15 March 2007

Shapey: Evocation II

I recently discovered the music of Ralph Shapey from a superb album on the Arabesque label with Joel Krosnick and Gil Kalish among others. This is scrupulous, passionate, uncompromising music rich, rough and powerful. I refer to the two works I've looked at so far, the Songs of Life for Soprano, Cello and Piano and the Evocation II for Cello, Piano ad Percussion. What strikes me about these ecstatic works is their depth while at the same time wish for accesibility - from the ending cadences which are just that, to the recurrent ostinatos, which while terribly apparent in the score are less apparent to the ear, to the way in which he takes the same material and repeats it in a different context and it sounds terribly fresh. For instnace, the opening third movement of the Evocation begins with a cello cadenza which, I believe, is exactly the same as when it appeared in the first movement. In a way there are two things at play: first, the material is strong enough that it doesn't need to be changed - this also probably makes the player happier too. Second, from the perspective of the listener, the effect will always be of one gesture as individual notes become molded in such a rapid dissonant texture. I also admire how the instruments must be fitted to the music and not vice versa, notice how in both these works, the cello is required to be tuned down.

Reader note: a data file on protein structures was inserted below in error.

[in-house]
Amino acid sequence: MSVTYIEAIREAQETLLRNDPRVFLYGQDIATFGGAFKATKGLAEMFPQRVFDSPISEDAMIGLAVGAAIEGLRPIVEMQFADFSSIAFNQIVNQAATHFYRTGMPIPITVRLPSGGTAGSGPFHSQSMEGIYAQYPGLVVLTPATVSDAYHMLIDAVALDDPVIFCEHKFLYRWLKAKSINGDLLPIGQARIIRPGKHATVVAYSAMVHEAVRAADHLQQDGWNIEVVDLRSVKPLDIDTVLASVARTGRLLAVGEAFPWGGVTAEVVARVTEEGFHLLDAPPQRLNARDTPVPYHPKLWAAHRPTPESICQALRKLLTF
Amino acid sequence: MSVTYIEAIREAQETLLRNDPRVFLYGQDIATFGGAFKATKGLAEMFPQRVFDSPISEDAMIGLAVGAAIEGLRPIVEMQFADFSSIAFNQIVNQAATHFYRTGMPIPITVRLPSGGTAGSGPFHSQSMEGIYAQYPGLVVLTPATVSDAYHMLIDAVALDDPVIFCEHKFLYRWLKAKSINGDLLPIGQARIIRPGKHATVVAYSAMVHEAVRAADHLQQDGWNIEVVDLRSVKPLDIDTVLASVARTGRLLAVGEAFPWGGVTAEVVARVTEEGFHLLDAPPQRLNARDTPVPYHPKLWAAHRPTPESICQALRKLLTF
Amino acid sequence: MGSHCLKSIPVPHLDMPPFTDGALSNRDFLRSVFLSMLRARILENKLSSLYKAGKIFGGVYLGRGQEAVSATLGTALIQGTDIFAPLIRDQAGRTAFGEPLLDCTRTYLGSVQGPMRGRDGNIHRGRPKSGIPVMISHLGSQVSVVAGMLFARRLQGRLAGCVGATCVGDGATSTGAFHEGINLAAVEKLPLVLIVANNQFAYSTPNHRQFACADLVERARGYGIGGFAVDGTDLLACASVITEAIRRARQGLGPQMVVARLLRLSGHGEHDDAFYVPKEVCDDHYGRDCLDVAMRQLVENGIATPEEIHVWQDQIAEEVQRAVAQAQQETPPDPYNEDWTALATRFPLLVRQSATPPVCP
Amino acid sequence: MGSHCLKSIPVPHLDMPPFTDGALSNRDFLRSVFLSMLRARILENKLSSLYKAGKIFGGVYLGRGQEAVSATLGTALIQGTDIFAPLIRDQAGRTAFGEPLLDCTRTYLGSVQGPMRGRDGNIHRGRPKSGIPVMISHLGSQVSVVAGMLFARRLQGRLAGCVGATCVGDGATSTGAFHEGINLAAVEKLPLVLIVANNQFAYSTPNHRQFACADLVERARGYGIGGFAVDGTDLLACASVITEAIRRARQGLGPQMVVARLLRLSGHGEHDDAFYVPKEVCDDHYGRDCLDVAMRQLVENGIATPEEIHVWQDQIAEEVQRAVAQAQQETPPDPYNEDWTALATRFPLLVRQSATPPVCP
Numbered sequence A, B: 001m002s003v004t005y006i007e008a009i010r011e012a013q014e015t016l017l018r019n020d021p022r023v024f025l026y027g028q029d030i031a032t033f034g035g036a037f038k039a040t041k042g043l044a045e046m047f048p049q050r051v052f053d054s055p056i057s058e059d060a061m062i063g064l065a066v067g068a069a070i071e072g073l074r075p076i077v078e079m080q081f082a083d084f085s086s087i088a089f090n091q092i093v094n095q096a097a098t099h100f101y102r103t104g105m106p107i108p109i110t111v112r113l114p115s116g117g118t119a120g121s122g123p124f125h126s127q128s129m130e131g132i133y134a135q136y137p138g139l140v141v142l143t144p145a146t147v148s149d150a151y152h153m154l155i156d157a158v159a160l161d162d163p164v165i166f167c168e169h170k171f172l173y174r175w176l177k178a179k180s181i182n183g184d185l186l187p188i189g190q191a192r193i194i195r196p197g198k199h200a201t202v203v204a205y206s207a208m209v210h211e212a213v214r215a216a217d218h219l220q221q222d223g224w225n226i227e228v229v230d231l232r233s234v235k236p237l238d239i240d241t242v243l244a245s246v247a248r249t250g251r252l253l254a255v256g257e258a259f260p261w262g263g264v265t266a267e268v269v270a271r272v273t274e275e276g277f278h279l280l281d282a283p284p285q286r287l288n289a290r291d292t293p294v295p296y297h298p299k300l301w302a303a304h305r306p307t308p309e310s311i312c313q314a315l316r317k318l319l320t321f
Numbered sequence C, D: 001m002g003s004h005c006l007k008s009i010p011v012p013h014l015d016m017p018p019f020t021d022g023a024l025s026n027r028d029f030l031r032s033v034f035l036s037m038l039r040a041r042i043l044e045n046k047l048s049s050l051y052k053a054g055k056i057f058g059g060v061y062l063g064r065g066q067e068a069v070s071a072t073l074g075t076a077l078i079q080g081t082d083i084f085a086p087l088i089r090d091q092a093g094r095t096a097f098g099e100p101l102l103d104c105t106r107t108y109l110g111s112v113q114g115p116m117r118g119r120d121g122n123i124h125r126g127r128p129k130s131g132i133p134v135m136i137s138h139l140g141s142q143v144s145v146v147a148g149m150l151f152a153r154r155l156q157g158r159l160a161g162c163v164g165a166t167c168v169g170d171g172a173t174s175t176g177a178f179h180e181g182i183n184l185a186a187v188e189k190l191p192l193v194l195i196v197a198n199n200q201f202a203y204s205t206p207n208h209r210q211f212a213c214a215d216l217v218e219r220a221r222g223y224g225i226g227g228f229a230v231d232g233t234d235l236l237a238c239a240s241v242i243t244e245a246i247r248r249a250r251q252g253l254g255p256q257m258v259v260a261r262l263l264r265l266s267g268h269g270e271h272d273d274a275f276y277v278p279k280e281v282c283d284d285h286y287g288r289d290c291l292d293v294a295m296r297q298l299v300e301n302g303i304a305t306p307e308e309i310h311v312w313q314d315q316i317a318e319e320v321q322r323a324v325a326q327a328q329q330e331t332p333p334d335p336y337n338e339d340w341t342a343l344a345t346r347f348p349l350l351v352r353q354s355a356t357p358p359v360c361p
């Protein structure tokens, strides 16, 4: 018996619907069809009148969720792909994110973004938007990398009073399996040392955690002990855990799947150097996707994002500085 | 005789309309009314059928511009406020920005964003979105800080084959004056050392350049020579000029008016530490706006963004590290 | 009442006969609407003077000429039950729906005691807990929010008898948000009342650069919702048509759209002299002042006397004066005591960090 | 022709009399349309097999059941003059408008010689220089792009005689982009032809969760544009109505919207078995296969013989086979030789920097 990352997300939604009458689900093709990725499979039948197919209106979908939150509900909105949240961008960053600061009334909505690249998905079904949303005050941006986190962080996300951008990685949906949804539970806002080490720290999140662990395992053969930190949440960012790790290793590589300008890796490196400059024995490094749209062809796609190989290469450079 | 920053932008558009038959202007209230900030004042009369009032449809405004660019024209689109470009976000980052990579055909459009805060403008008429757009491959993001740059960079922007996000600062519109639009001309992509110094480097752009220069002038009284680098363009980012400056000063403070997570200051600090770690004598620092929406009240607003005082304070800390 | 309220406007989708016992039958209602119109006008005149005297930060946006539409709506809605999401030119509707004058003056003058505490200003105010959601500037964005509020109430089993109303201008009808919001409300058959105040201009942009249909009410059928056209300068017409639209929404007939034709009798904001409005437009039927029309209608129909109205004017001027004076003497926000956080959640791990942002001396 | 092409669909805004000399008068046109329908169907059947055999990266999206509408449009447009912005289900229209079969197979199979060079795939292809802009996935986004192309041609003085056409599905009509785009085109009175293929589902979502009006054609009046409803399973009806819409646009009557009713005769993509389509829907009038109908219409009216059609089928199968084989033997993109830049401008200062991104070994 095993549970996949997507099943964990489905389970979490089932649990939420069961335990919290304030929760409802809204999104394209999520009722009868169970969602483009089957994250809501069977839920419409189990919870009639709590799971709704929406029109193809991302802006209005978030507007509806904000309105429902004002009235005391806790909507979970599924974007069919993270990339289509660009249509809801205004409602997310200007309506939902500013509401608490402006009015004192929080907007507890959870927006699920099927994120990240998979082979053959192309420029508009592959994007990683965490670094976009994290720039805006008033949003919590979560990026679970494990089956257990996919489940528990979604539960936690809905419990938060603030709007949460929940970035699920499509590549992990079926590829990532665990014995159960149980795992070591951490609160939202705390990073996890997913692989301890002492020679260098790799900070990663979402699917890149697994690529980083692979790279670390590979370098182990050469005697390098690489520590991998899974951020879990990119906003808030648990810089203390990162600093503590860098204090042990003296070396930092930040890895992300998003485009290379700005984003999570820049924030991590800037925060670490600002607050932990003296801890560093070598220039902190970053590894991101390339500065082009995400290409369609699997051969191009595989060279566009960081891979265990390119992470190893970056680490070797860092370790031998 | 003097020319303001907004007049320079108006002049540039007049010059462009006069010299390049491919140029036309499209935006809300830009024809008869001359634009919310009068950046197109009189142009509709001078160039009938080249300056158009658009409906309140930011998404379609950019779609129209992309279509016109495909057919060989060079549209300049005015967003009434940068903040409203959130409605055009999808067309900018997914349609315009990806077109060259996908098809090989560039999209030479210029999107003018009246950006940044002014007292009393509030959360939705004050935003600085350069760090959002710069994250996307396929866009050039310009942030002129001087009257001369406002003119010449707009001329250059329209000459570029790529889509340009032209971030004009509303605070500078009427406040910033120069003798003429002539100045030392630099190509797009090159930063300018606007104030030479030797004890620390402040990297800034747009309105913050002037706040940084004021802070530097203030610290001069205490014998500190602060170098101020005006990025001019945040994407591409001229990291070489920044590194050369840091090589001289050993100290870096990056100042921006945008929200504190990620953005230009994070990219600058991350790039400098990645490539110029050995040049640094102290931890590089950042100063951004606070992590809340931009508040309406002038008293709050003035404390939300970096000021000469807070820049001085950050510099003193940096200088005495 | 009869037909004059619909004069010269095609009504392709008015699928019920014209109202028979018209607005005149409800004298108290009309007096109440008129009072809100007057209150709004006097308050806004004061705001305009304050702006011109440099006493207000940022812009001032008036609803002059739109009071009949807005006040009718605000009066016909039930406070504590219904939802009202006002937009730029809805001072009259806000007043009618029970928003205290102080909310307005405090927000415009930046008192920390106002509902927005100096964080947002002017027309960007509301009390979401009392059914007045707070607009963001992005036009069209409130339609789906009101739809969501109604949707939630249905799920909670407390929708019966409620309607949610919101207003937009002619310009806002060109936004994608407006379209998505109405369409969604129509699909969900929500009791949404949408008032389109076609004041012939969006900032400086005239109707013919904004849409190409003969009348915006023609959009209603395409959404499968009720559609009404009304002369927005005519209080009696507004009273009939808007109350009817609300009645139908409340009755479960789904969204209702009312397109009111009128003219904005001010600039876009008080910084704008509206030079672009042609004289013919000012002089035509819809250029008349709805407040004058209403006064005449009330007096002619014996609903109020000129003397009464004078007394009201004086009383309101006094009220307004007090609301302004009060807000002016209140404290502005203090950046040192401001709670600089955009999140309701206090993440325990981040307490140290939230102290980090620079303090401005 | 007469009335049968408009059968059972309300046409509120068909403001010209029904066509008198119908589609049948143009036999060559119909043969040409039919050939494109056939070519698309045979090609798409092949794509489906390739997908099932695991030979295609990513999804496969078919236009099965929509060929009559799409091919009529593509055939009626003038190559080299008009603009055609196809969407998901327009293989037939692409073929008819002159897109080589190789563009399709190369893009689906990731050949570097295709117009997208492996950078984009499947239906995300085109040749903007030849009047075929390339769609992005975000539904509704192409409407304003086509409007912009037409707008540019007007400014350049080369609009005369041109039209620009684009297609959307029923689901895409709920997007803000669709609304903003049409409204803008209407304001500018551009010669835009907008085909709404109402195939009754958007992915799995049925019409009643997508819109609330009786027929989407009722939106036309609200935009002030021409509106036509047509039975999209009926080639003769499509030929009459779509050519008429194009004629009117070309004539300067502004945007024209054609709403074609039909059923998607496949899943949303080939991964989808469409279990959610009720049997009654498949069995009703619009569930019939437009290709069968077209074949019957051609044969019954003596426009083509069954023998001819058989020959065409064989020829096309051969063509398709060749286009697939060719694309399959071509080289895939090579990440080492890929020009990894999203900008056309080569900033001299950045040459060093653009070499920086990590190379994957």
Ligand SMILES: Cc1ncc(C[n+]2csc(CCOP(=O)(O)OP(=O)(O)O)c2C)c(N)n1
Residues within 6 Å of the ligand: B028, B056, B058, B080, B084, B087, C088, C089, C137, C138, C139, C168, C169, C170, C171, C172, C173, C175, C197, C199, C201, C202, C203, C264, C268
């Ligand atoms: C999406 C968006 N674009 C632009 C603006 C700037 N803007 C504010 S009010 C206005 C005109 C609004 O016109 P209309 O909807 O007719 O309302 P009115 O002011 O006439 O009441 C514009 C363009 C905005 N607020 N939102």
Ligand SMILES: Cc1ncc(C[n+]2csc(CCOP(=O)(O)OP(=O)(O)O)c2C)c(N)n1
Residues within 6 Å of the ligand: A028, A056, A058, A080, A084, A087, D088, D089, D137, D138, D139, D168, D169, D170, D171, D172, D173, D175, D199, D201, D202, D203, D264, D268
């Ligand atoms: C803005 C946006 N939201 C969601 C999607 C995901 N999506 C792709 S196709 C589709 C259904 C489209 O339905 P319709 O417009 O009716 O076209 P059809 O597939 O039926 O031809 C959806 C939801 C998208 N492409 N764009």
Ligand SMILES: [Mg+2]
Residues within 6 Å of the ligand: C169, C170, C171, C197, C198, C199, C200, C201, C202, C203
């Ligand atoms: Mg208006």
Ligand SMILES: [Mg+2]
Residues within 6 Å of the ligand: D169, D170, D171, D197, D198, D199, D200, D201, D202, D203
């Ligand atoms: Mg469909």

I have great admiration for this music and immediately on hearing it, have that powerful muscular reaction that I so seldom get in other's music.

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